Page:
On my share the music blog a few weeks ago, I blogged about the remarkable music video for Robert Miles’ 1994 song Children. (Watch the youtube video here Note: this link might die, and you’ll have to search through youtube again for it). It is a great song (one of the pioneering songs in the dream trance era) and reminds me of all the train trips I took in Europe. Everything about the scenery was unusual to me; though travelling is always a drag, remembering the way scenery flew by was always an upper for me.
I heard this song exactly once in Ukraine, but it felt as though I had heard it several times before. I was in a dance club in Lutsk, Ukraine at around midnight with a teacher friend of mine. I think it was winter and I attended some wacky holiday nightclub with friends. The teacher (a daughter of my vice-rector) met up with another couple and we went to this dance club on the other side of town. I remember practicing how to say, “Would you like to dance with me?” (Te hochite tanzilvate? oh, the Ukrainian language departed my brain long ago). Going to the club was a whim and something I never did (except overseas), but it seemed fitting for an evening of surprises. In front of the dance club entrance stood a grounded airplane (which was little more than a visual gimmick). I didn’t care for the club itself, but the music was intoxicating (I found all techno music incredible despite the fact I hated it when in US). I was immediately struck by the song (which appeared near the end of the evening). I remember asking Irina if she knew the name of it. She mentioned Robert Miles ‘Children’, a name which has stuck with me to this day.
Europe seemed to have a different relationship to their pop music by virtue of one thing: TV stations that played music videos nonstop (often without commercials). In US, you just didn’t have that anymore; everything had a TV commercial every 5 minutes, but on European satellite TV there was always some station that played a series of uninterrupted music videos. It seemed extraordinary. If you think about it, it seems strange that American MTV is so focused on reality shows (blame it on Viacom). In almost every European house I visited, people were watching music videos for at least 30 minutes a day– sometimes all day! Ukraine TV rebroadcast a German TV station that simply played music videos nonstop without commercials; apparently they made money when viewers called in and paid $1 to request their favorite video (or something like that). I remember my total surprise in 1995 when I went to my Albanian teacher’s house for Albanian lessons and saw the Everybody Hurts video by REM on the TV in the next room. I realized all my students in Albania must have seen the video by now; that was their way of ingesting American culture; in fact, American music videos were simply one brand of videos to appear randomly on European stations. Maybe there wasn’t a lot of Eastern Europe videos floating around, but there were lots of French singers and German singers (see Daft Punk’s remarkable video Around the World, which I actually talked about in a lecture about music videos). Music videos permeated almost every household I visited — old, young, educated, uneducated, wealthy, poor.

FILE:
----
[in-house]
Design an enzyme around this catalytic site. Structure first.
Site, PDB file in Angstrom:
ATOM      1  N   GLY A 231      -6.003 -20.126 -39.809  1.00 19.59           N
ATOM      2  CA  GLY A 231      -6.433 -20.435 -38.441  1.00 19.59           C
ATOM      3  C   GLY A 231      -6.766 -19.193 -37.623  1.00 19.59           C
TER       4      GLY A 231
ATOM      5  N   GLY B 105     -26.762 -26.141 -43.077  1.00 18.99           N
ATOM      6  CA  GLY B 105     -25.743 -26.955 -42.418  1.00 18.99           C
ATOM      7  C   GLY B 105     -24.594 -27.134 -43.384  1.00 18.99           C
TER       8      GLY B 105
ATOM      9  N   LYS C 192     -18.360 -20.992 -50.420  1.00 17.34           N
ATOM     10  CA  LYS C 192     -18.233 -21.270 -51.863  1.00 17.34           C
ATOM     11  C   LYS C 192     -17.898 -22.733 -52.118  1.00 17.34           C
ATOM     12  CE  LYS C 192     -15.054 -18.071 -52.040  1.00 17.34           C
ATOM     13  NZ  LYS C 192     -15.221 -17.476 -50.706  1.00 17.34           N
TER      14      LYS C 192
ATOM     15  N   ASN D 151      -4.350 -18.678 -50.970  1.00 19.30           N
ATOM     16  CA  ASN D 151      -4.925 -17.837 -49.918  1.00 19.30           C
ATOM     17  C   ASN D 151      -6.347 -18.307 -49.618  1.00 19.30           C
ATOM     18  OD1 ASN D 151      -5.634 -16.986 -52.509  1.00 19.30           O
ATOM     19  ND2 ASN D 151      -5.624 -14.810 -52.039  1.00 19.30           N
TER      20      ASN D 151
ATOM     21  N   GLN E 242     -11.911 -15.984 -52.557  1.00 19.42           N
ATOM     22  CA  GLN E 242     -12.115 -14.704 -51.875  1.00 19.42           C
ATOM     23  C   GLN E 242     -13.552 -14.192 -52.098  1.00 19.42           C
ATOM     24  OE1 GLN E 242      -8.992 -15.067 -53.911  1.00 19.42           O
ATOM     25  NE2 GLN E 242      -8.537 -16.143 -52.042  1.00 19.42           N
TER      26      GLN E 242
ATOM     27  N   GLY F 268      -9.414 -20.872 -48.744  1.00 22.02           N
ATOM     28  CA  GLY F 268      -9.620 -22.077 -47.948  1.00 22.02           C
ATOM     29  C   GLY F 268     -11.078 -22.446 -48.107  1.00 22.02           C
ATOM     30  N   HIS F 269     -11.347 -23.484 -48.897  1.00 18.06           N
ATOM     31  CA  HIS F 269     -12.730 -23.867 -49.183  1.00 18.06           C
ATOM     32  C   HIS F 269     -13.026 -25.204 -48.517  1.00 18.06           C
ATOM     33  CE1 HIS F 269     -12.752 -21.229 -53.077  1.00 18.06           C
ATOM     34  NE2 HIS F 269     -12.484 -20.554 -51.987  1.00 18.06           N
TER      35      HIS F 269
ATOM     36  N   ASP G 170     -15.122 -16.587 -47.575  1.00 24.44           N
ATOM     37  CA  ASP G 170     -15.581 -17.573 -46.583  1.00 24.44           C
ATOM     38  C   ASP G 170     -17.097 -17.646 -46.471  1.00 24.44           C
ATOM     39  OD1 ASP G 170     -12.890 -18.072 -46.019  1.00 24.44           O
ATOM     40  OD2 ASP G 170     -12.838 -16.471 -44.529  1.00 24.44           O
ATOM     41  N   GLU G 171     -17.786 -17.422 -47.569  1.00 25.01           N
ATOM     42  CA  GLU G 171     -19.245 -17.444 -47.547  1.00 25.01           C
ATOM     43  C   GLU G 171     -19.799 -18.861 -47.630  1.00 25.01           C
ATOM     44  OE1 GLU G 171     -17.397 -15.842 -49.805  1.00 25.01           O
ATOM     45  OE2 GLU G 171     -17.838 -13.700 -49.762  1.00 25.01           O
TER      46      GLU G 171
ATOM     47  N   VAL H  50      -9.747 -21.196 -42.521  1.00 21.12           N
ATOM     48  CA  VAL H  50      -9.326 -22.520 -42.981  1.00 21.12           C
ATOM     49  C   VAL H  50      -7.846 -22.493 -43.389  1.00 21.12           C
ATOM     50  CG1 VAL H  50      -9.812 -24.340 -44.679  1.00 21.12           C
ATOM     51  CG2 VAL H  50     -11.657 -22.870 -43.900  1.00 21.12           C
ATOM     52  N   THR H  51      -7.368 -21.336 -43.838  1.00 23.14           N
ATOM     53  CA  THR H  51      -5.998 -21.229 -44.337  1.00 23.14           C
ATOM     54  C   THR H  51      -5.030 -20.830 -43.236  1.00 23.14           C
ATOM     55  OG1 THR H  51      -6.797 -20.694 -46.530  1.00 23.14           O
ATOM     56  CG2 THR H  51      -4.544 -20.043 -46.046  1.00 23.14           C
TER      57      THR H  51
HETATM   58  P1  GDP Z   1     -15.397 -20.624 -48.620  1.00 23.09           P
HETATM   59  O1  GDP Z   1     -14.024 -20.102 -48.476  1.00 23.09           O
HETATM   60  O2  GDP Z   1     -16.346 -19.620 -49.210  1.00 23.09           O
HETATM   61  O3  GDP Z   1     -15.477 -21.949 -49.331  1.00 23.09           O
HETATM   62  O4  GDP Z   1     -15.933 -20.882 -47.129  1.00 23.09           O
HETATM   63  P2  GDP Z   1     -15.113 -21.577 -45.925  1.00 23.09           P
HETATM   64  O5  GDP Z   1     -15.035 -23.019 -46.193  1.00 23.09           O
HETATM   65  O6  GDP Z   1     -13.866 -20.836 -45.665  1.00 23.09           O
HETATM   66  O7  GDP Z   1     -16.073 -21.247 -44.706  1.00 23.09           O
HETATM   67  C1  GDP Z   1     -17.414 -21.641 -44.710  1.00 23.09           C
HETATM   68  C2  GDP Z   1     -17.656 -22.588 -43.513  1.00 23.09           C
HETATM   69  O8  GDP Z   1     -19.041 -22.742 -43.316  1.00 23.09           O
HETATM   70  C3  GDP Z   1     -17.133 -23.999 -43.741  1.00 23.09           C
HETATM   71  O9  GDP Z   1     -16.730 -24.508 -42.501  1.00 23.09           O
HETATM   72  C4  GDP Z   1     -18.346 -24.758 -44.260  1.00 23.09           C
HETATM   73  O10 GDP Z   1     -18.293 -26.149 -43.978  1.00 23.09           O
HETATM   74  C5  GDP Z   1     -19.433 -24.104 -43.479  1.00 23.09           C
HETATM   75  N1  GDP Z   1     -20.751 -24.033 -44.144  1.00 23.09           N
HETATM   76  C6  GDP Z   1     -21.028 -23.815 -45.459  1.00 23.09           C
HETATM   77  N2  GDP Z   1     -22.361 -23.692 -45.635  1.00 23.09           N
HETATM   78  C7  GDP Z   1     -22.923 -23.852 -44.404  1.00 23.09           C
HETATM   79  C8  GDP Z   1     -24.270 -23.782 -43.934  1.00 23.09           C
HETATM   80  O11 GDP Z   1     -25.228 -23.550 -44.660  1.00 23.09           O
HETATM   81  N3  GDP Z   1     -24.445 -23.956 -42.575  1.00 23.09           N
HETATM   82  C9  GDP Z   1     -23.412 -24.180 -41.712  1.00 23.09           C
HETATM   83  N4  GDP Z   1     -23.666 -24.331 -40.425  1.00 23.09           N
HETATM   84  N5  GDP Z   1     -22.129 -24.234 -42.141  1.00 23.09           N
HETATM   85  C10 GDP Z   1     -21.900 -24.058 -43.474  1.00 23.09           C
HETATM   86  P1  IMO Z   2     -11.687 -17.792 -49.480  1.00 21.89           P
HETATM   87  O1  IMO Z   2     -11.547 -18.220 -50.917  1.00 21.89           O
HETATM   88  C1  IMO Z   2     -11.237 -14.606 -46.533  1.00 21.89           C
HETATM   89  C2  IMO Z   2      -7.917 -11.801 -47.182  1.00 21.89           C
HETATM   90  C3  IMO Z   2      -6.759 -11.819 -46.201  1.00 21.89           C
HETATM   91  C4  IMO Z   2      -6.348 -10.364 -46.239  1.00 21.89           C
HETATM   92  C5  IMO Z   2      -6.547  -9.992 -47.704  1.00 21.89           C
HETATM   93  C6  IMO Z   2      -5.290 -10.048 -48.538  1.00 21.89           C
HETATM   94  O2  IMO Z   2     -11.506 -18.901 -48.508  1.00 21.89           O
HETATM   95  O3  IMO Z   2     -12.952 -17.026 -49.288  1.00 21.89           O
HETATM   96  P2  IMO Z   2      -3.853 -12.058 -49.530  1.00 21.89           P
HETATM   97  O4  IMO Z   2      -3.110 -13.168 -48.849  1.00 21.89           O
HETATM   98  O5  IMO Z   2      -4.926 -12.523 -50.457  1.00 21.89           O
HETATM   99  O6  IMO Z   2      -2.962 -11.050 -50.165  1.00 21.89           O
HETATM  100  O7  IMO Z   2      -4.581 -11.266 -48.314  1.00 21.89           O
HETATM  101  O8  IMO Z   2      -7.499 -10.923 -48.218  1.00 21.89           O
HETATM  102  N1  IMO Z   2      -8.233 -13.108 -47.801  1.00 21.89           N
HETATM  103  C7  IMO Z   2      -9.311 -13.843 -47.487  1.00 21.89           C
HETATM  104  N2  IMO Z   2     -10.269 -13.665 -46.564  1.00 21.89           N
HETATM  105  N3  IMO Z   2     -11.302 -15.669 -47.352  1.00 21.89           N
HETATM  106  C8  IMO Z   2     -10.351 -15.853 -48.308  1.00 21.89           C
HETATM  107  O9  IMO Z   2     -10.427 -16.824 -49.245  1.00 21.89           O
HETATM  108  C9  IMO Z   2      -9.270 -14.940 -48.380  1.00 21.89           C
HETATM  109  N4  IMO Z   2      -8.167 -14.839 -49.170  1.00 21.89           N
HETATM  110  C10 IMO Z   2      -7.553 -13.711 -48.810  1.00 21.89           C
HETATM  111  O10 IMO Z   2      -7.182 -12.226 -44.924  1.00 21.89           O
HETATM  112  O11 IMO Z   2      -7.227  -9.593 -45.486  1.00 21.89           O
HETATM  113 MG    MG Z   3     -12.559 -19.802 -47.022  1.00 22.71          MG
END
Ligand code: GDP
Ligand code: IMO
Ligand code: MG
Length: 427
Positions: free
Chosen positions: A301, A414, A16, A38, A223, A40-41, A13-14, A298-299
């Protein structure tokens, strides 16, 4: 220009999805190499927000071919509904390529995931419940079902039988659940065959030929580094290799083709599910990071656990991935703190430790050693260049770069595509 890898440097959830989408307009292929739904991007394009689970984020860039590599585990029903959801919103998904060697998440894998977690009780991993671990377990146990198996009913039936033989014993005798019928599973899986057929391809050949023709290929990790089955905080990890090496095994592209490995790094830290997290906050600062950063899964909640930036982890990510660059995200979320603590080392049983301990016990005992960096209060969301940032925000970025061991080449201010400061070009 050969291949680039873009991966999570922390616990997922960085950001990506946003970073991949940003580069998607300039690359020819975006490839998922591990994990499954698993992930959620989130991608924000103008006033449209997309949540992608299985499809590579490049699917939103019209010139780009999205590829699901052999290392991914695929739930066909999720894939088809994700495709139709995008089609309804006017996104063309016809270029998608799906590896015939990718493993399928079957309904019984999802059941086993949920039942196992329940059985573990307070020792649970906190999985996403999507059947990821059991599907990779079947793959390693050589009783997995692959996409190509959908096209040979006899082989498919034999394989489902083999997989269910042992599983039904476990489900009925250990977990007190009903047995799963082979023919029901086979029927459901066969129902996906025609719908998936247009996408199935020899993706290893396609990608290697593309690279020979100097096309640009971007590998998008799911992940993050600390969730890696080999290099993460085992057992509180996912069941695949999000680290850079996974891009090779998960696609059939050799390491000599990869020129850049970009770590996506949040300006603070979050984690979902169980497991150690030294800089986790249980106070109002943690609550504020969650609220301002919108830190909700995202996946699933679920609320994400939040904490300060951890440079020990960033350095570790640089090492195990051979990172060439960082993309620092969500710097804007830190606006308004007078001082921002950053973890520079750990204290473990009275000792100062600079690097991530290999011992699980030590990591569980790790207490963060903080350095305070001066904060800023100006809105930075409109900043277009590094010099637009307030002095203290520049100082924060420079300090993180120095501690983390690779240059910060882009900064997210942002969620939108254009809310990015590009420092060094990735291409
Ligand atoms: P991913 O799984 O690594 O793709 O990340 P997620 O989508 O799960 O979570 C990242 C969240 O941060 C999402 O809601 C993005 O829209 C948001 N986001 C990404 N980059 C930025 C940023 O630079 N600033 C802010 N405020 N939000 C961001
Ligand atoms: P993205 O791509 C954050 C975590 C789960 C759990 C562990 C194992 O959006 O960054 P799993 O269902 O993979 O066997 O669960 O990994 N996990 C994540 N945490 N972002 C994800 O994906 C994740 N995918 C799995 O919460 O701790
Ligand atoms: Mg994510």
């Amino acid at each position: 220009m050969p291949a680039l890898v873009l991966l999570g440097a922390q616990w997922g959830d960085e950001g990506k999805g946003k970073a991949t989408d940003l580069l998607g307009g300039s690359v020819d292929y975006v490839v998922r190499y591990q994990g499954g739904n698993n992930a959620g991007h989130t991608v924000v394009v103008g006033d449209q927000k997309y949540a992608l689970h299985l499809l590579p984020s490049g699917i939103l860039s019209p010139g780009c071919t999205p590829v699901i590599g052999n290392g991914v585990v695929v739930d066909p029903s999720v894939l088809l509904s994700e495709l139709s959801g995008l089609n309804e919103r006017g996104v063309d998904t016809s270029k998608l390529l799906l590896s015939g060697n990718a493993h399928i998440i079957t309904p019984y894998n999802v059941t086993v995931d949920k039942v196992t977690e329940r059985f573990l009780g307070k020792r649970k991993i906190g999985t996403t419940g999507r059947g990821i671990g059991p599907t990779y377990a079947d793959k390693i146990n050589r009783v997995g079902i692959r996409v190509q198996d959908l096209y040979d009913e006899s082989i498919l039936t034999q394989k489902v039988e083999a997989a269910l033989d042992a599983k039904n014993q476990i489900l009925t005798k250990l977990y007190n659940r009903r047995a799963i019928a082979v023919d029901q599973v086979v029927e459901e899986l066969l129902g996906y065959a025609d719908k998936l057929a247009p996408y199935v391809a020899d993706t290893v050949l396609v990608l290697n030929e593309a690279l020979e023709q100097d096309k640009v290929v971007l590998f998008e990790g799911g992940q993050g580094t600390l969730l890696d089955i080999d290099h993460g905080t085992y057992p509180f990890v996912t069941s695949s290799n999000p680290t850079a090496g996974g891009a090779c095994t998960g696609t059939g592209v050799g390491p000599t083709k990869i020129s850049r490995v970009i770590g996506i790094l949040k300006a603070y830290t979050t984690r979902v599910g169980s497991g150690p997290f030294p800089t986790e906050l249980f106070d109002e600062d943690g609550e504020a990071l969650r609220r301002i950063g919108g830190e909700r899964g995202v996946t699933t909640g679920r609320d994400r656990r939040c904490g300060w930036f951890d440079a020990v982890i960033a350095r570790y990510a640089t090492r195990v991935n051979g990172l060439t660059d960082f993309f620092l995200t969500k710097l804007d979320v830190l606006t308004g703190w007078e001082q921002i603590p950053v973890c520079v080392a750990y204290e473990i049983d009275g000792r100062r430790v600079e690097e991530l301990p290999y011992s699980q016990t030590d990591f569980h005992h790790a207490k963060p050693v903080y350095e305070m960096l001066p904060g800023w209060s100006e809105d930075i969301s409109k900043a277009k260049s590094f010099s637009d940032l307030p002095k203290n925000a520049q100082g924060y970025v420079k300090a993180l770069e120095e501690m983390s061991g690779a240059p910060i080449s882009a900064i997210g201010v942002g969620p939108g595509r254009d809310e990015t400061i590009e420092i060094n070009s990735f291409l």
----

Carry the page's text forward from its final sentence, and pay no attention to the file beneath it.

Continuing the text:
I went ahead and read all 1400 Youtube comments about the song (and for the video). It’s relatively unknown in USA, but in Europe, lots of people feel sentimental about the song. Most were teenagers or younger when the song came out. Robert Miles wrote the song when he learned that some dancers at one of his concerts were killed in a car accident; he wanted music that would calm them down and bring them out of the energetic euphoria from the dance halls. His dad was working with Yugoslav refugees and Europe was coming to grips with the horrifying and pointless Yugoslav war. At the same time Eastern Europe was reviving; a new innocence was in the air; suddenly Europe no longer seemed so passe or gentrified; the new Euro was starting and new entrepreneurs were popping up everywhere.
I remember feeling humbled by it twice when I was teaching there. Once, when my Albanian students went on hunger strike against their government to protest a fraudulent election. The other time came in Ukraine when students at my school staged a walkout. The board of trustees threw out the Institute’s president. I remember telling my students not to expect tangible results (though kudos for trying!) but lo and behold, the action brought the president back. (It had something to do with the fact that the institute was private and dependent on parent’s tuition.
We don’t see a lot of changes from the ground up in US institutions; on the other hand, the Internet has certainly changed the structure of everything. Suddenly Fortune 500 companies seemed less important or relevant. Suddenly we no longer had to rely on what one media conglomerate decided was relevant news or entertainment. Suddenly individual bloggers and videographers and podcasters mattered. Suddenly it no longer mattered what Time magazine or Ann Coulter felt about anything. The only relic of that age perhaps is our current reactionary leader.
Trivia note: The great video Everybody Hurts was filmed in San Antonio on I-10 freeway.